Tampon Tax

This has been everywhere recently. I thought that I’d go over the topic after the news the Superdrug will be absorbing (is that a pun?) the 5% tax and providing VAT-free menstrual items. Hallelujah!

If you haven’t seen the news, sanitary products are taxed as luxury items in the UK and lots of other countries throughout the world; y’know because it’s optional… Items not taxed in the UK include such essentials as crocodile meat, herbal tea and chickpeas.

The only places that don’t tax tampons, towels or pantiliners are:


  • Africa: Tanzania, Nigeria and Kenya
  • Asia: Lebanon
  • Australia: None
  • Europe: Ireland
  • North America: Canada, Jamacia  and five US states; Maryland, Massachusetts, Minnesota, New Jersey and Pennsylvania.
  • South America: Nicaragua


Eight countries out of 196. That’s so disappointing; it’s the 21st century.


What is the average cost of menstrual products over a lifetime?


Ouch. that’s more than I make in a year.

Still, there are plenty of ways to save money without moving country or continent.

Period Underwear


I’m not talking about the black granny panties that are stuffed at the back of your drawer or what the cast of Downton Abbey had to wear under their gowns.

Thinx is a revolutionary product. It’s underwear that can absorb up to two tampons’ worth of liquid. They also donate to a partner charity in Uganda dedicated to providing girls with menstrual products so they can stay in school.

I haven’t had a chance to try them yet but Vikki Knowles has given her review:

“Not to be overdramatic, but Thinx makes periods much better. I feel like I can take on the world without concerns about nipping to the bathroom at certain times during the day to change tampons, etc. It feels much kinder to the environment too; not throwing things away all the time.”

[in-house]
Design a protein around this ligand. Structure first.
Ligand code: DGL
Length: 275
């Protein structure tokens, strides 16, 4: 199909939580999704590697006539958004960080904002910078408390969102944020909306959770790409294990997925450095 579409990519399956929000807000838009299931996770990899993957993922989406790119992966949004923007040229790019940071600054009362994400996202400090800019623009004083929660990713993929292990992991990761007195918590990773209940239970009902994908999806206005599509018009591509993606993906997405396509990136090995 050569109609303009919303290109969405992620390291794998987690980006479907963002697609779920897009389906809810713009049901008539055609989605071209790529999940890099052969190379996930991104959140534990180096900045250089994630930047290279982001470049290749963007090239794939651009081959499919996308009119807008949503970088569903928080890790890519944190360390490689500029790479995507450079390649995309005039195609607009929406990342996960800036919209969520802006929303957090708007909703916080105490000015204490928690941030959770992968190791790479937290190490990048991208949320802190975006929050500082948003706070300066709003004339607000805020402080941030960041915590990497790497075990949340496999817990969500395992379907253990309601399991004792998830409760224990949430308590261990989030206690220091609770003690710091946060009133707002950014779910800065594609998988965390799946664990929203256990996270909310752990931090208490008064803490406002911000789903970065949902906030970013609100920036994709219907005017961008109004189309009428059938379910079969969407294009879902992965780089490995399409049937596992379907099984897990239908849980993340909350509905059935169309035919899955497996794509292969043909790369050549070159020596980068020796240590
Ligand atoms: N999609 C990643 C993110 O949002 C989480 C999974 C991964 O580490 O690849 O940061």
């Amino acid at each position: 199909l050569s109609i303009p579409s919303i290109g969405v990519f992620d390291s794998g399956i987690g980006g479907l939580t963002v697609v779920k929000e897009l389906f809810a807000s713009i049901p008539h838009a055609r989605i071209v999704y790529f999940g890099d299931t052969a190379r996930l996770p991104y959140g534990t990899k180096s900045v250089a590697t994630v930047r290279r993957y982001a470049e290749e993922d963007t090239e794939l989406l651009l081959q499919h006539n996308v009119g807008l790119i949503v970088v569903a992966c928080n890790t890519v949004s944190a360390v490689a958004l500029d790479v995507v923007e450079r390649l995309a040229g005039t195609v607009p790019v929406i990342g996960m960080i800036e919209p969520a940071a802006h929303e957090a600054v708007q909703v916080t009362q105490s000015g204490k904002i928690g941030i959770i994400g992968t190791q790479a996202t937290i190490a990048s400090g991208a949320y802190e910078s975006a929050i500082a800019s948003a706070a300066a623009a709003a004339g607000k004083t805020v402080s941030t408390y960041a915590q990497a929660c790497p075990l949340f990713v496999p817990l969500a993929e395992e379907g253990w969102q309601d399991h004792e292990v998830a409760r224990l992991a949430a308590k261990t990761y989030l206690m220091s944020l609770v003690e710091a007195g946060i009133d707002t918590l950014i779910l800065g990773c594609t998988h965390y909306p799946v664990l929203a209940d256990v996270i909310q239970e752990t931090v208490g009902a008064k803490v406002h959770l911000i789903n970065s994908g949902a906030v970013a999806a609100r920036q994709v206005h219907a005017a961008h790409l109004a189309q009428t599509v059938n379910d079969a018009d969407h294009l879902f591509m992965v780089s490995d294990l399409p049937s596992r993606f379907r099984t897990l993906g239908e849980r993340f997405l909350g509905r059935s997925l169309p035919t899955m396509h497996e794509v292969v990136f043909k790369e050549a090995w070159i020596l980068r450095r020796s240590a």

Source: Thinx


Menstrual Cups


Menstrual cups like Mooncup or Divacup are made from medical-grade silicone and the blood is collected inside. They cost about £20 and last for about a year.

All you have to do is empty it every four hours and rinse it out in between uses.


Buy in bulk


If you feel that reusable products are not for you, I get it. I tried menstrual cups and I cannot get on with them.

I buy own brand tampons and if there’s an offer on, then I’ll buy a few packs to make it cheaper overall.


Be Prepared

Always carry a pad or tampon in your bag. I have both in every bag I own so no matter what bag I take out I am prepared for the inevitable and I don’t have to run to a chemist/supermarket and buy a pack or pay the extortionate prices from the dispenser in the toilet.


Now these are perfectly legitimate ways to save money but this advice does reflect some class privileges. I have never had to worry about not being able to afford essentials.

Therefore, I would like to put forward some ways to help women and trans men who may not be able to afford their own.


You can donate  unopened packs of sanitary items to homeless shelters, which I have done when someone accidently bought me non-applicator tampons. You could also take an old handbag; fill it with gum, antibacterial hand cleanser and menstrual items. Then pass it out to a homeless woman you see on the street.

This can help to remove the stigma surrounding periods for homeless people.

Demand an end  to the tampon tax

Also, please sign this petition to tell George Osbourne to stop classing tampons as a luxury item.

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